> just a regional draw.
        >
        > “The economy is tough right now and it is difficult, but we can’t
        > just wait until the economy is better. This might be the new
        > normal,” Romas said. “We’re not looking for one big donation. We
        > would like to see a lot of donations.”
        >
        > Sutter Health got naming rights for the children’s theater because
        > it donated the land. But there are still naming rights available for
        > the B Street stage as well as the entire complex.
        >
        > Although the Sacramento region has had a reputation of being a
        > difficult place to raise money for arts, that has changed in the
        > past decade.
        >
        > Several large projects have been funded, not just by large donors,
        > but by small, individual donors as well. These include the $61
        > million Mondavi Center for the Performing Arts, which opened in 2002
        > at the University of California Davis; the California Musical
        > Theatre, which opened its $12.5 million, 2,200-seat Wells Fargo
        > Pavillion in 2003; and this year’s $100 million expansion of the
        > Crocker Art Museum.
        >
        > Still ongoing is a fundraising campaign to build the $25 million E.
        > Claire Raley Studios for the Performing Arts at 13th and H streets.
        >
        > It will house offices and rehearsal space for the California Musical
        > Theatre, Sacramento Opera, Sacramento Philharmonic Orchestra and the
        > Sacramento Ballet.
        >
        > The project got a $9 million contribution from the city, a $5
        > million city loan, and has raised about $8 million, including $5
        > million donated by local philanthropist Joyce Raley Teel in memory
        > of her mother. It has another $3 million to go.
        >
        > “It is a very difficult time to raise money,” Lewis said. “First of
        > all, the Crocker Art Museum got out there and collected a lot of
        > money in this community — and rightfully so,” and second, real
        > estate developers who typically make up much of the philanthropic
        > base locally are not in a position to give right now.
        >
        > manderson@... | 916-558-7874
        >
        > K St Update
        >
        > Developer proposes music venue to anchor K Street’s 700 block
        > Premium content from Sacramento Business Journal - by Michael
        > ShawDate: Thursday, November 4, 2010, 6:30pm PDT
        > Related:Retailing & Restaurants, Travel Industry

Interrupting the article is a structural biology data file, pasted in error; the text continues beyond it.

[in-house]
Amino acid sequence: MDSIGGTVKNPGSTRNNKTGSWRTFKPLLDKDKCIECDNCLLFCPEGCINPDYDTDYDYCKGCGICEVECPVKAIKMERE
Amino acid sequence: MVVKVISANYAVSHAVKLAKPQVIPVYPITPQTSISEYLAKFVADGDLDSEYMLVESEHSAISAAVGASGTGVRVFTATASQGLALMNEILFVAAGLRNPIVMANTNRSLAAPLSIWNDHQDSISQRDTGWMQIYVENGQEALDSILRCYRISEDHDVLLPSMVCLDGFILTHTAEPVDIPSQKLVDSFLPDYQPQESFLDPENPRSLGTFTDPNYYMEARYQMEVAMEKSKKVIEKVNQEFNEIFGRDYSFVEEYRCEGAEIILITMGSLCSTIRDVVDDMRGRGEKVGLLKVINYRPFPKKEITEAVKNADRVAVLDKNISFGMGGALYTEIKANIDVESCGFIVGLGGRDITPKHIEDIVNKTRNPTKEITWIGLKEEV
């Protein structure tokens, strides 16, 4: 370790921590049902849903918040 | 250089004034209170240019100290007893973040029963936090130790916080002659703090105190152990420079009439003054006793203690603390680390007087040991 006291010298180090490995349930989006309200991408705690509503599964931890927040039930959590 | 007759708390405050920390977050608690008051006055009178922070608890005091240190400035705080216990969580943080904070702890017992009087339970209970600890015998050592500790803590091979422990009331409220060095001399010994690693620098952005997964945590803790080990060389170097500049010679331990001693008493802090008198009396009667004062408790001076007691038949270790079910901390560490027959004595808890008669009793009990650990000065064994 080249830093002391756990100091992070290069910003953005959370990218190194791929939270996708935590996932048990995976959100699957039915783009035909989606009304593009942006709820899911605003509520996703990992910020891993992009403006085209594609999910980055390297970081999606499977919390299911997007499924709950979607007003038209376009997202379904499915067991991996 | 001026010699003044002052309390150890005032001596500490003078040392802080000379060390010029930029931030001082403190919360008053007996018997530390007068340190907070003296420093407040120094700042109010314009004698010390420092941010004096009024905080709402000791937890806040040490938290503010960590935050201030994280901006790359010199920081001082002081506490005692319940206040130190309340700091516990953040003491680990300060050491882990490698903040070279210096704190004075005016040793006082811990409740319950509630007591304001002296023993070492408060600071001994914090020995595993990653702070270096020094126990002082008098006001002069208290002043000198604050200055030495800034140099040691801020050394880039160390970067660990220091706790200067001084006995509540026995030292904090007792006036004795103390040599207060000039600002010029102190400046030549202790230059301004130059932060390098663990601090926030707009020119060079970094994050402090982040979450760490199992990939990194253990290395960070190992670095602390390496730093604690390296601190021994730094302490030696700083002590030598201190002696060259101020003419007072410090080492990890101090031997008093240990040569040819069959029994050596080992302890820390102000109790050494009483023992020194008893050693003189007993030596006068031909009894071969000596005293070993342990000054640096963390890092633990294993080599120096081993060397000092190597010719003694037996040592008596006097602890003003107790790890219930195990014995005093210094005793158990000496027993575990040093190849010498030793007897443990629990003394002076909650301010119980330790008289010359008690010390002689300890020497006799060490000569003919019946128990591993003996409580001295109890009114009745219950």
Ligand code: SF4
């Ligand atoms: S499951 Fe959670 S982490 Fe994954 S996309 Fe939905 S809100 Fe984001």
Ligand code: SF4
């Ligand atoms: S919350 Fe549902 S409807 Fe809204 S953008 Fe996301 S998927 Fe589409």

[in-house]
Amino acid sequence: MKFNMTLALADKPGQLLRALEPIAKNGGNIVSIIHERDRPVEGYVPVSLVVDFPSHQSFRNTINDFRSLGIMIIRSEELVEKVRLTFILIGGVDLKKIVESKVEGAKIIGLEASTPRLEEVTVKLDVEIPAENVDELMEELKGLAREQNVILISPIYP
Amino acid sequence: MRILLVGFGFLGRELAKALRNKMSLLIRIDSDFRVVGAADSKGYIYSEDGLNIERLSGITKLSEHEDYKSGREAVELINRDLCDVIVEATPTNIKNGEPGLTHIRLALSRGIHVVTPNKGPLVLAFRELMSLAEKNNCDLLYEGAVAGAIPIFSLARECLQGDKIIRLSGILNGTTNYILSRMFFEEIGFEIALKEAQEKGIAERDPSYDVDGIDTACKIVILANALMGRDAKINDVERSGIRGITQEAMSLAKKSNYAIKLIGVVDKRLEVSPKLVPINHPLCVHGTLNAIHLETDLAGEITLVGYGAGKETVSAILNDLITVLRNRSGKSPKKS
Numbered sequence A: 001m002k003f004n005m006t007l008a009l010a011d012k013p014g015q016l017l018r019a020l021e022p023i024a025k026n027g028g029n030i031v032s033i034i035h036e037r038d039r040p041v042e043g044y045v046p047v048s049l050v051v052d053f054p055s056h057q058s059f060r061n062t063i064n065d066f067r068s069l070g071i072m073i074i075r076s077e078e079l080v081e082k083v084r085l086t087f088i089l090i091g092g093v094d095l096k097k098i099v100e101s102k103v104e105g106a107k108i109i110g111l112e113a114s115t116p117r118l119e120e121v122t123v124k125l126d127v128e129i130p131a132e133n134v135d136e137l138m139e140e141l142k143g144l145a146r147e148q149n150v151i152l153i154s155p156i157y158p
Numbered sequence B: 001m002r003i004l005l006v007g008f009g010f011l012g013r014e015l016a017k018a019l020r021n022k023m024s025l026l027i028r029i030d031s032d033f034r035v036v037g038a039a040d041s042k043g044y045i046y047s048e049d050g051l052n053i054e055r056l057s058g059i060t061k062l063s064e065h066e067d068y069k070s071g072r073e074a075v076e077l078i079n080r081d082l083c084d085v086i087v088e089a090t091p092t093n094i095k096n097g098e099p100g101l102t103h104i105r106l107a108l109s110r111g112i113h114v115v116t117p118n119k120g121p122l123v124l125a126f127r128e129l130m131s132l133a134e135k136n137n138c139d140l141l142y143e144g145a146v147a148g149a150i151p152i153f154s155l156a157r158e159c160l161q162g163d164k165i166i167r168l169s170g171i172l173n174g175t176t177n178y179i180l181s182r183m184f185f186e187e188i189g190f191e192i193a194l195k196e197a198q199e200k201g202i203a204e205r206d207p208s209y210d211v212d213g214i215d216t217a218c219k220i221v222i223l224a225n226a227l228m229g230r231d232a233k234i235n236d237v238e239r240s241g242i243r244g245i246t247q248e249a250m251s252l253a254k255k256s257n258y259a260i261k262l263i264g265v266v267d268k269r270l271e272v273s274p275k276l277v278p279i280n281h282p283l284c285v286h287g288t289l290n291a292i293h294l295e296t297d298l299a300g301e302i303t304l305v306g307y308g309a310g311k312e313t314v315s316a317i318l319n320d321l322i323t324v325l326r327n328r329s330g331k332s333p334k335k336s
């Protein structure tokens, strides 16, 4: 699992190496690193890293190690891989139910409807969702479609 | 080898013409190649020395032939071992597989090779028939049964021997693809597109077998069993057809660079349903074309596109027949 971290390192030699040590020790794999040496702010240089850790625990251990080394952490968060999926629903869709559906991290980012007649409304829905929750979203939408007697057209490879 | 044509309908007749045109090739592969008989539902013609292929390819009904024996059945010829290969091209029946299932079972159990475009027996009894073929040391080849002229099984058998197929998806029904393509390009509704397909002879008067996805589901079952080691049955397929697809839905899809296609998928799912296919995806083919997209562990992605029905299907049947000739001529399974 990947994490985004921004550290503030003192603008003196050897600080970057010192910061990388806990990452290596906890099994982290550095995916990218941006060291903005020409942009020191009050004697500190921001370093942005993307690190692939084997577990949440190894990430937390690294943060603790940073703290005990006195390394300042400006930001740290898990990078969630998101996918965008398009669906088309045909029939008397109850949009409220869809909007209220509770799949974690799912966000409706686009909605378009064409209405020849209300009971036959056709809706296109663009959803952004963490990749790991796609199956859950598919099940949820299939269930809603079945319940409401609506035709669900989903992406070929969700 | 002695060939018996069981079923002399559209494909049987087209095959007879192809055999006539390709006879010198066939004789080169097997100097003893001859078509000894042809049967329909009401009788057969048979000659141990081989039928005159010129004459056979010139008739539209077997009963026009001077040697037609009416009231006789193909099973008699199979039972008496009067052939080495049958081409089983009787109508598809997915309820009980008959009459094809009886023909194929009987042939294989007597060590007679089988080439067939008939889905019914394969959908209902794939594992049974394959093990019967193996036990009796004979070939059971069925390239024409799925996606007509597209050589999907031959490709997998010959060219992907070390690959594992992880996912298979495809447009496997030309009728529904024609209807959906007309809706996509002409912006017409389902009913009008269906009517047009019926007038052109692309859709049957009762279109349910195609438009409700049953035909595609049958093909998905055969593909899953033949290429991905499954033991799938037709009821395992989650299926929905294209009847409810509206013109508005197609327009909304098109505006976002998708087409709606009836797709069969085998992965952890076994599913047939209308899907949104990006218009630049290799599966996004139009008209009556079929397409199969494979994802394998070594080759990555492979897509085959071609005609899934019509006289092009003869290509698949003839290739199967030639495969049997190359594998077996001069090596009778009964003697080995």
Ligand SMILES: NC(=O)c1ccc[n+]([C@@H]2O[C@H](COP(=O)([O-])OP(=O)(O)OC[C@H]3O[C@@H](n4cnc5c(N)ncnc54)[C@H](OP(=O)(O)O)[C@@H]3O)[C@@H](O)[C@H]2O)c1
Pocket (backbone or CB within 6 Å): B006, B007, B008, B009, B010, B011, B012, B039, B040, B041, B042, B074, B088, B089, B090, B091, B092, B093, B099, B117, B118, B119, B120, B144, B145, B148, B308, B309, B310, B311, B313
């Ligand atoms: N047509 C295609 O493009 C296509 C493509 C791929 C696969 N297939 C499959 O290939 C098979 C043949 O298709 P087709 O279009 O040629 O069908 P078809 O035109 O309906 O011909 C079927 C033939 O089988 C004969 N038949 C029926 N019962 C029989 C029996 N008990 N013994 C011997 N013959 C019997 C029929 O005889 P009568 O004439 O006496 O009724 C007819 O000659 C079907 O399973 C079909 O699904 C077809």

> Enlarge Image
        >
        > Rendering courtesy of D&S Development
        > The music venue on the 700 block of K Street will be on the former
        > site of the Men’s Wearhouse.
        >
        > A music venue for 500 people will anchor the revamped K Street Mall,
        > say developers designing mixed-use projects on the corridor long
        > considered ground zero for the rebirth of downtown Sacramento.
        >
        > The multi-tiered concert space will sit on the corner of K and 7th
        > streets, alongside local retailers and restaurants with a “Main
        > Street” feel of second-story apartments inside K Street’s historic
        > shops. That’s according to D&S Development, one of the partners
        > negotiating with the city to remake the 700 block and enhance
        > nightlife along the corridor.
        >
        > The urban renewal can’t come soon enough for Sacramento, which will
        > have invested more than $60 million in remaking two blocks of K
        > Street if projects proposed there are built. While the city is
        > looking to complete these deals, it also is examining the post-
        > recession course for infill and redevelopment.
        >
        > There has been $617 million invested in downtown over the past five
        > years in 22 projects and all but five were to have been public-
        > private partnerships. The K street projects on the 700 and 800
        > blocks also will be public-private partnerships that rely on
        > subsidies.
        >
        > “The project addresses a lot of the concerns about K Street,” said
        > Bay Miry, a principal of D&S Development. “It has significant
        > housing, diverse and predominantly local retail, and removes blight.”
        >
        > The development team on the 800 block, headed by David S. Taylor
        > Interests Inc., has not revealed more concrete plans than when it